Ramos, who has started 10 of his 186 career Major League games, will be used as a "utility bullpen guy," Dipoto said, giving the Angels the ability to pitch multiple innings or match up against lefties. Asked about adding a traditional lefty specialist, Dipoto said, "I don't think it's a critical need by any stretch," pointing to the fact that a lot of his right-handers are good against left-handed batters.

Perez, a 24-year-old well regarded for his defense, will compete for the now-vacant backup job behind Chris Iannetta. Jackson Williams (acquired off waivers from the Rockies in October) and Jett Bandy (now playing winter ball in the Dominican Republic) are also options.

"We have three upper-level, experienced catchers in-house that can compete for the job," Dipoto said. "If there's more that we can add to that to create further competition, great."

Tropeano posted a 3.03 ERA, a 3.64 strikeout-to-walk ratio and a 0.99 WHIP in 124 2/3 innings while serving mostly as a starter for Triple-A Oklahoma City in 2014. Originally a fifth-round pick by the Astros in the 2011 First-Year Player Draft, Tropeano made four starts for Houston this past season -- allowing 11 earned runs in 21 2/3 innings -- and owns a 3.26 ERA in his four-year Minor League career.

Prospect acquired by Rays
Mark Sappington, RHP: A fifth-round pick of the Angels in the 2012 Draft, Sappington was the No. 11 prospect on the Angels' Top 20 at the time of the trade. The big right-hander had a huge first full season, reaching Double-A in 2013. He struggled to repeat the performance in 2014, though a move to the bullpen seemed to help him get headed back in the right direction. He was adding some innings in the Arizona Fall League when the deal was announced. He has the fastball-slider combination, as well as the aggressive mentality on the mound, to excel in a short-relief role. He's been up to 97 mph in the past, and his hard-tilting breaking ball can miss bats as well. His changeup and his command were his enemies in 2014, which won't be as big of a problem if he's coming out of the bullpen.
Top 20 Prospects: Rays | Angels
-- Jonathan Mayo

"Obviously, it caught me off guard, just being so surprising, my first time," Tropeano said of the trade in a phone conversation. "But I'm absolutely excited for the new opportunity, and I'm just privileged and honored that the Angels would trade for me and give me this opportunity to show my talent."

Ramos -- a teammate of Weaver and Jason Vargas at Long Beach State University -- has posted a 3.90 ERA in six Major League seasons, the first two of which came with the Padres. Ramos made 43 appearances (seven starts) for the Rays this past season, posting a 3.70 ERA, a 1.36 WHIP and a 1.69 strikeout-to-walk ratio in 82 2/3 innings.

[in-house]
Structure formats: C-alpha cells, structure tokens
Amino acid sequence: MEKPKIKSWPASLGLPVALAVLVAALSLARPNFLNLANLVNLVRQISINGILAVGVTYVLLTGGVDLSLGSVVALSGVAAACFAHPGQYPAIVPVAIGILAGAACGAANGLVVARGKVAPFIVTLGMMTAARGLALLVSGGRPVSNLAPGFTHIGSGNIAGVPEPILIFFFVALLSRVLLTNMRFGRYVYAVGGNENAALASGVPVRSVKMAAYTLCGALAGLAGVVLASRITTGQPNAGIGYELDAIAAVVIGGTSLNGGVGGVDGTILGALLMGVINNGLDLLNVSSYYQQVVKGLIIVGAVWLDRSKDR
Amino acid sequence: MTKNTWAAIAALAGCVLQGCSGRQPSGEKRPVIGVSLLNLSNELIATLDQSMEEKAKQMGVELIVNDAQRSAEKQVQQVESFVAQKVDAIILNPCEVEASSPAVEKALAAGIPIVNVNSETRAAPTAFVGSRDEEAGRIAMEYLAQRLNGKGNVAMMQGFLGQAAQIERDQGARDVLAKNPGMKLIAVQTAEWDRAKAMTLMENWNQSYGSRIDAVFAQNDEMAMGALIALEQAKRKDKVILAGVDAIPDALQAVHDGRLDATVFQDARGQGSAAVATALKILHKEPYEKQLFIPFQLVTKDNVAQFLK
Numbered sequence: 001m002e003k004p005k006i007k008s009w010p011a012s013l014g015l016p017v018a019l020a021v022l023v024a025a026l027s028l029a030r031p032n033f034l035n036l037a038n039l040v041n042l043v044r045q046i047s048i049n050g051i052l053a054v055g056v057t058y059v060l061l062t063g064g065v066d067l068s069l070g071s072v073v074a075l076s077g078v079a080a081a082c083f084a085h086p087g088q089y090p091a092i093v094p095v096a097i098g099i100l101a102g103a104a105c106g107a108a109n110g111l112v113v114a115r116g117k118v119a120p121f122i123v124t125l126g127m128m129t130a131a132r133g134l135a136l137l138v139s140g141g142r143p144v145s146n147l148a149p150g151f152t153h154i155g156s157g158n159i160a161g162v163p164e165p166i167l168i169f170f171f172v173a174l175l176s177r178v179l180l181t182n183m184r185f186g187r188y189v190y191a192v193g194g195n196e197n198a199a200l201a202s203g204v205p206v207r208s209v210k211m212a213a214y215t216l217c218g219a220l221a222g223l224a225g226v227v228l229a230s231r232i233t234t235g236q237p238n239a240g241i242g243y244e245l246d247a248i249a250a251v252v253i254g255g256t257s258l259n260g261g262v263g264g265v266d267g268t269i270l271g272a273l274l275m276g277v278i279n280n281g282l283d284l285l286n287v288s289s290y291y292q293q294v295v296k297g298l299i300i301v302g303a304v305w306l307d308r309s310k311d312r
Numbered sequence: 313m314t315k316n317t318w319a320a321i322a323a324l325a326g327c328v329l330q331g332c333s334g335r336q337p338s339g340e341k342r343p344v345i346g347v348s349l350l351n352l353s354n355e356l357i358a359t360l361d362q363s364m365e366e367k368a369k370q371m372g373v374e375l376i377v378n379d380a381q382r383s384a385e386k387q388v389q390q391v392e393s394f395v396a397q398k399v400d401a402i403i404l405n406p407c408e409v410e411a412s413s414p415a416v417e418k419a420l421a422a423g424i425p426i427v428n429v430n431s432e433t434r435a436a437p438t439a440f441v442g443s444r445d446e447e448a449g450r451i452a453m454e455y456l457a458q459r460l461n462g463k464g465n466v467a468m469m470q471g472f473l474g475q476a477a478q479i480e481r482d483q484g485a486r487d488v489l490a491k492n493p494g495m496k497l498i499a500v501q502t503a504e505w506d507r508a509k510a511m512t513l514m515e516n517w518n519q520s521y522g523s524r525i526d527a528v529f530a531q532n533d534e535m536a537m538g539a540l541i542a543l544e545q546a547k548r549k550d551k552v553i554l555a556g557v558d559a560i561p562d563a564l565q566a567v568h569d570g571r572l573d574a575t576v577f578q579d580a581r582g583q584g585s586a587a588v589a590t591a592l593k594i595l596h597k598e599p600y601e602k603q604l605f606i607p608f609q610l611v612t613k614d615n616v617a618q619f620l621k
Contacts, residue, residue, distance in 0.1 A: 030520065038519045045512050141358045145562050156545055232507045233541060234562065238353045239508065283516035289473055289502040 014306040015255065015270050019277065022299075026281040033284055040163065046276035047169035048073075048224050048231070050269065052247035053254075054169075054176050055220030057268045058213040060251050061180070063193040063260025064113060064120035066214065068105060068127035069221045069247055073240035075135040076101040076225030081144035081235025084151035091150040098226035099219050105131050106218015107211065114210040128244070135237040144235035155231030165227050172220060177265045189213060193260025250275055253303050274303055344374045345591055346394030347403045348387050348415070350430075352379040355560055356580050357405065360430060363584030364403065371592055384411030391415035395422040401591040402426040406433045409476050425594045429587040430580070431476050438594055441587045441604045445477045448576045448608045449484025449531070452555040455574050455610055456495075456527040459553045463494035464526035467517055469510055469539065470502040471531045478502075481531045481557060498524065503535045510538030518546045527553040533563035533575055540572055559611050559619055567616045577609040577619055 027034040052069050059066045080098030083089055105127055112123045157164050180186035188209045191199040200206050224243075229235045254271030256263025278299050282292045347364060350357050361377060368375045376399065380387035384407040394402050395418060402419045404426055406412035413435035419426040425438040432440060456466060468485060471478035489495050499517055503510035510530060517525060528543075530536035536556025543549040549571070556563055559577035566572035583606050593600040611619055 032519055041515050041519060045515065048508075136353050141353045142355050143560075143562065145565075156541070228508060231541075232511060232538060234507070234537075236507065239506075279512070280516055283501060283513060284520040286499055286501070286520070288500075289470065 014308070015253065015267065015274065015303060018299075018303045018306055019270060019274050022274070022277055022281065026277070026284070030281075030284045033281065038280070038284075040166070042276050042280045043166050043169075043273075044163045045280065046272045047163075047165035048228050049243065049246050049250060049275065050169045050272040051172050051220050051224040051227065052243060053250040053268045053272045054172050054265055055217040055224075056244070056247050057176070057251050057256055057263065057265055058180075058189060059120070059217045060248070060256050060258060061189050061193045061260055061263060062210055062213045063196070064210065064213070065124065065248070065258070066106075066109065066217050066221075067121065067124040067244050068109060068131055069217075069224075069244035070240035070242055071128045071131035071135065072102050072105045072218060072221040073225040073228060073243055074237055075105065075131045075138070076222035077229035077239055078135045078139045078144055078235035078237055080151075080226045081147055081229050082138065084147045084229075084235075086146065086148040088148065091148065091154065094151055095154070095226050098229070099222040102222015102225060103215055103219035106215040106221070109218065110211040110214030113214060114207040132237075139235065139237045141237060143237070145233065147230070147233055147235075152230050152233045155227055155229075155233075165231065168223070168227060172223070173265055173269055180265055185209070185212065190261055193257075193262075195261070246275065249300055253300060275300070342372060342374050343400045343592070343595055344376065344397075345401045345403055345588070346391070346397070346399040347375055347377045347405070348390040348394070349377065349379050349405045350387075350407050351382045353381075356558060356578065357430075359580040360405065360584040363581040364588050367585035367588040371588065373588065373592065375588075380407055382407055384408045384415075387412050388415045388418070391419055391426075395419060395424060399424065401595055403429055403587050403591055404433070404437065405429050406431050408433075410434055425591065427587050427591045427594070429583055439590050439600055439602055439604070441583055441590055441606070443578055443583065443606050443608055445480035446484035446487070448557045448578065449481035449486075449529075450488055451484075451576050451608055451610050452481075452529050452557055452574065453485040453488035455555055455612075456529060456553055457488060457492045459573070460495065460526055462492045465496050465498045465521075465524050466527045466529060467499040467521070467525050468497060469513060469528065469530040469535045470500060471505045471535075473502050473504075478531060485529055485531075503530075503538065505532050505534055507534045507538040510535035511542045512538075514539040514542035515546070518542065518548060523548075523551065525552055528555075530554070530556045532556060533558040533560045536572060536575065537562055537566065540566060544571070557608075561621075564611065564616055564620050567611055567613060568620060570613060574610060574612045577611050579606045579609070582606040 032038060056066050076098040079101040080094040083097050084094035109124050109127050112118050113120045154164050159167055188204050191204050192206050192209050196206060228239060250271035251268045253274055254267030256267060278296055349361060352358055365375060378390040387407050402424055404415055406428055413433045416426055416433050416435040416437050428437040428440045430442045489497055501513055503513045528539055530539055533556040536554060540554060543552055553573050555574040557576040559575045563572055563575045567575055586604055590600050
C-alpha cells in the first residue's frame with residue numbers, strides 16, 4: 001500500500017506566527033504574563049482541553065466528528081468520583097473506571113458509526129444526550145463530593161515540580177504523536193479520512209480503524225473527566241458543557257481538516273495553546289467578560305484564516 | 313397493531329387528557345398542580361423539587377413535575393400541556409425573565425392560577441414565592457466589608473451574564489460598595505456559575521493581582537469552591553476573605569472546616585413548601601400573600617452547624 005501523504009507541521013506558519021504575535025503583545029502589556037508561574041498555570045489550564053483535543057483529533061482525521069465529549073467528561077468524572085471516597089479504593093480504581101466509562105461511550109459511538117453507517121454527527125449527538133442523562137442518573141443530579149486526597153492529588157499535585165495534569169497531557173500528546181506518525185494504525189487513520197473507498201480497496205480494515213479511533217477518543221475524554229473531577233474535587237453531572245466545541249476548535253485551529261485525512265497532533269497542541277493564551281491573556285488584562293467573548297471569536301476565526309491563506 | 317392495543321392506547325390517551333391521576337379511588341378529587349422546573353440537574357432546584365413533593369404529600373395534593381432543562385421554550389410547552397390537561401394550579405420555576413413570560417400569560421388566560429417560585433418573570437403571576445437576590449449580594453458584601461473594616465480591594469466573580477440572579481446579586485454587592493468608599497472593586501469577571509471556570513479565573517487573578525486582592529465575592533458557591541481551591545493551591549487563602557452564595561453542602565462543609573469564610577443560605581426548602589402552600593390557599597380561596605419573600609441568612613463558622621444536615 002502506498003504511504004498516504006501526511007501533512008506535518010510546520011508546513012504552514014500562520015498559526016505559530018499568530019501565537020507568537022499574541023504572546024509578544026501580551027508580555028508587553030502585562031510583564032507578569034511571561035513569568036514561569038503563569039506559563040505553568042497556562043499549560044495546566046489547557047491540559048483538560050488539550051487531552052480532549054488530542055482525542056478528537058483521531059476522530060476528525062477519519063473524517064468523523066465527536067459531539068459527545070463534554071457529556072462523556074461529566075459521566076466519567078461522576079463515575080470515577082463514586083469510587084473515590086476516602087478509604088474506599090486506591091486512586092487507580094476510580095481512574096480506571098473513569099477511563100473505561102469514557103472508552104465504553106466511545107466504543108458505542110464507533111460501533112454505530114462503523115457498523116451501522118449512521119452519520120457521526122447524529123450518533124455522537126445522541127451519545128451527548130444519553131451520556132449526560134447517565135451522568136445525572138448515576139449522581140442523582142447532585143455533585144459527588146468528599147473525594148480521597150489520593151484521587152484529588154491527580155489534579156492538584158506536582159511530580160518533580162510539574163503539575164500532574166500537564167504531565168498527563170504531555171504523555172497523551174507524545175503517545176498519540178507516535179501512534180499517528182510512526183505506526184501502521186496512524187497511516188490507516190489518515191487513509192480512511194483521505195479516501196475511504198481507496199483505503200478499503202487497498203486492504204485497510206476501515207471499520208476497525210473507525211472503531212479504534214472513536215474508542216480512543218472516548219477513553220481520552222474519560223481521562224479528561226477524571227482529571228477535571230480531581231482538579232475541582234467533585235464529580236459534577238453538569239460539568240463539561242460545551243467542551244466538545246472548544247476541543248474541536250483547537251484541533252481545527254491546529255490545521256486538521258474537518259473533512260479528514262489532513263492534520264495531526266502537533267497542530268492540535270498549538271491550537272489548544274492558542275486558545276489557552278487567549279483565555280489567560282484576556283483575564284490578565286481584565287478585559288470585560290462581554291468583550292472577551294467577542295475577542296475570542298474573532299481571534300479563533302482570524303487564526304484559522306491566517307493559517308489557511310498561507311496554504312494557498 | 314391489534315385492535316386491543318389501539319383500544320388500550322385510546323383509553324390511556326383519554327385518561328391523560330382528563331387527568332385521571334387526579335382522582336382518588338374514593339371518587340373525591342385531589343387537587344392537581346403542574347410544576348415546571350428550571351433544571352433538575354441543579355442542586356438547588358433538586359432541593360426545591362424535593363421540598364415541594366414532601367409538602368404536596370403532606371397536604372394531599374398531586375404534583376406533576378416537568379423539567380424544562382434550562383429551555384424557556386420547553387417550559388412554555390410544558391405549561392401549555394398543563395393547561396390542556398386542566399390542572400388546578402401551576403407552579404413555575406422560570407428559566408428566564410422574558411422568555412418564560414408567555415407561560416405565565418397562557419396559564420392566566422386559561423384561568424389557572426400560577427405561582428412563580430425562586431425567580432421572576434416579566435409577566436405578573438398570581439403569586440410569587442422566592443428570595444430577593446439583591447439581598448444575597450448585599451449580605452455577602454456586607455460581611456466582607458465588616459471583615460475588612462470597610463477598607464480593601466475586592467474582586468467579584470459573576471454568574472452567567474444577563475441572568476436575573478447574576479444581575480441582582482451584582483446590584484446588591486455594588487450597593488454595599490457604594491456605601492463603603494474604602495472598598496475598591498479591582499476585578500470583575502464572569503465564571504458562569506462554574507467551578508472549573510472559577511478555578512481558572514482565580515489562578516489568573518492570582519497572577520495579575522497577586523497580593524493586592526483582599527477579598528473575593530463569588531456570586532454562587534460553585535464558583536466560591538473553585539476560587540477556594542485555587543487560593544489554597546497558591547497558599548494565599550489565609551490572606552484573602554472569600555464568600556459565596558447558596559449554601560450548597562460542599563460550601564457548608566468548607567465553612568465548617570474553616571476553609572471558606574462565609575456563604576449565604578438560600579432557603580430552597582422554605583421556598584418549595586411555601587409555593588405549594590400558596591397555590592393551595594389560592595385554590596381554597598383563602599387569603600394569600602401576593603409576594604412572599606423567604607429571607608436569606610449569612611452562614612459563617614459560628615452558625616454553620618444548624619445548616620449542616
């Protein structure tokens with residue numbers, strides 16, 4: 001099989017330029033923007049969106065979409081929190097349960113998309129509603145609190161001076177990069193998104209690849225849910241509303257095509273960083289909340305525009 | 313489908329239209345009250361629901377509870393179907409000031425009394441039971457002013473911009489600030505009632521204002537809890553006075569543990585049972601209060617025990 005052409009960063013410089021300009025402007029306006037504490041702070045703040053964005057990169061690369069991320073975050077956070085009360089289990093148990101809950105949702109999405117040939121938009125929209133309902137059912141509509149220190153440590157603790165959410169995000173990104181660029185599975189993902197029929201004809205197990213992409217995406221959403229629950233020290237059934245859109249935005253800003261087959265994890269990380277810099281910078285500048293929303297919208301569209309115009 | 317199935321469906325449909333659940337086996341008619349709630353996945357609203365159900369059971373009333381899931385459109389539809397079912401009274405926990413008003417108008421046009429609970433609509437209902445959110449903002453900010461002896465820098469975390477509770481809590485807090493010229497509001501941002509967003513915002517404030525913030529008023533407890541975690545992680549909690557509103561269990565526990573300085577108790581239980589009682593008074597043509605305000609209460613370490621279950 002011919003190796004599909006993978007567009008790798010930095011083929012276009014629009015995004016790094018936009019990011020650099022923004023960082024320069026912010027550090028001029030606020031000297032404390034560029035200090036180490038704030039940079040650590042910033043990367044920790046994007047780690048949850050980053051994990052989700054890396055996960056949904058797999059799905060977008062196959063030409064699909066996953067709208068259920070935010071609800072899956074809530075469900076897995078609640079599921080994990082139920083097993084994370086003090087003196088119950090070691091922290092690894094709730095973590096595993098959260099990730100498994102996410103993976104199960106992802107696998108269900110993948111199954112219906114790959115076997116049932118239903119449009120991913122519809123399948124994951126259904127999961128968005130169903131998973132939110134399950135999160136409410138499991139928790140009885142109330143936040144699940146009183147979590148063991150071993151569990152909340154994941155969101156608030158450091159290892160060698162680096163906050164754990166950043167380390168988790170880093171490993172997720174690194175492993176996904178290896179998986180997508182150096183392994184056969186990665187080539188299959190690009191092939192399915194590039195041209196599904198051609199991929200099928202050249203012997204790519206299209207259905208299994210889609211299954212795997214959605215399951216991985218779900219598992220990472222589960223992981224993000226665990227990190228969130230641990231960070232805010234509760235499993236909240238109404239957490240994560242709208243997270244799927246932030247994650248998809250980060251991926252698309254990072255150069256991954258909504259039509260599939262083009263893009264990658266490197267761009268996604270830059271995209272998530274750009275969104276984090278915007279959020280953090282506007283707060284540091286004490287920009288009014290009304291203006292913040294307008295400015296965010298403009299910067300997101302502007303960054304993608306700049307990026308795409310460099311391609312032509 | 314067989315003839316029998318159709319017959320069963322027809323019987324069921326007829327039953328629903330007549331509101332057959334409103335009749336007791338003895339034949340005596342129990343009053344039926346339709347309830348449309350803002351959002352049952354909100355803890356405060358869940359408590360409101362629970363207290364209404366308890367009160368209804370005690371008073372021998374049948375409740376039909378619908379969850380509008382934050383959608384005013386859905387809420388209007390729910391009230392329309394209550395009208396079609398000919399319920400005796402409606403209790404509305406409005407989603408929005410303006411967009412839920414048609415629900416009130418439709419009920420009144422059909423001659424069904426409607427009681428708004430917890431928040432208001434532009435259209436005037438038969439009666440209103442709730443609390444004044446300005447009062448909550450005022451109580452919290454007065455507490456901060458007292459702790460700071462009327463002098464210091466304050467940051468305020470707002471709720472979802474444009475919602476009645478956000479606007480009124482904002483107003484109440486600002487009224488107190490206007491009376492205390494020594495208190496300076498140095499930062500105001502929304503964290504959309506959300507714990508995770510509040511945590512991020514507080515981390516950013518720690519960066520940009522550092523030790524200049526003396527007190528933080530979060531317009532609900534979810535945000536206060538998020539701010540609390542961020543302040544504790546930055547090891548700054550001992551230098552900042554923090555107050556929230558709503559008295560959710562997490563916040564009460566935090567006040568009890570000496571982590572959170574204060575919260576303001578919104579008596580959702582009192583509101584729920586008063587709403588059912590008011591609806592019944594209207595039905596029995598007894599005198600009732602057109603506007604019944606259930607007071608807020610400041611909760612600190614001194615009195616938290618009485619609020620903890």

Sappington -- a fifth-round pick by the Angels in the 2012 First-Year Player Draft - had a 7.05 ERA in 17 starts to begin the 2014 season and found success after being moved to the bullpen, posting a 3.38 ERA while striking out 13.8 batters per nine innings in 25 relief appearances for Class A Advanced Inland Empire.

Perez, who was originally signed out of Venezuela and has yet to make his Major League debut, was acquired from the Blue Jays amid a 10-player deal in July 2012. He's thrown out a solid 33 percent of would-be basestealers in seven Minor League seasons and batted .259/.323/.385 in Triple-A this year.

Dipoto said Perez has "polished defensive skills, can throw, and he's got a good idea of where the strike zone's at."

Conger, a product of Huntington Beach, Calif., was drafted 26th overall by the Angels in 2006 and established himself as a backup and occasional platoon partner with Iannetta the last two seasons, posting a .235/.301/.364 slash line in 172 games and evolving into one of the best pitch framers in baseball.

Conger said he was "taken aback" by the trade, mostly because it occurred so early in the offseason, and is "excited to try to get a fresh start."

But it'll be tough to leave his hometown team.

"This is my home," Conger said. "I've lived here ever since I was a little kid. To drive 15 minutes from my house and go to work, as everybody would say, was obviously a dream. Coming out of high school, the dream was just to play in the big leagues. To play in the big leagues with the Angels, with that organization, was more than I could ever ask for."

Alden Gonzalez is a reporter for MLB.com. Read his blog, Gonzo and "The Show", and follow him on Twitter @Alden_Gonzalez.

This story was not subject to the approval of Major League Baseball or its clubs.

Los Angeles Angels, Hank Conger, Carlos Perez, Cesar Ramos, Nick Tropeano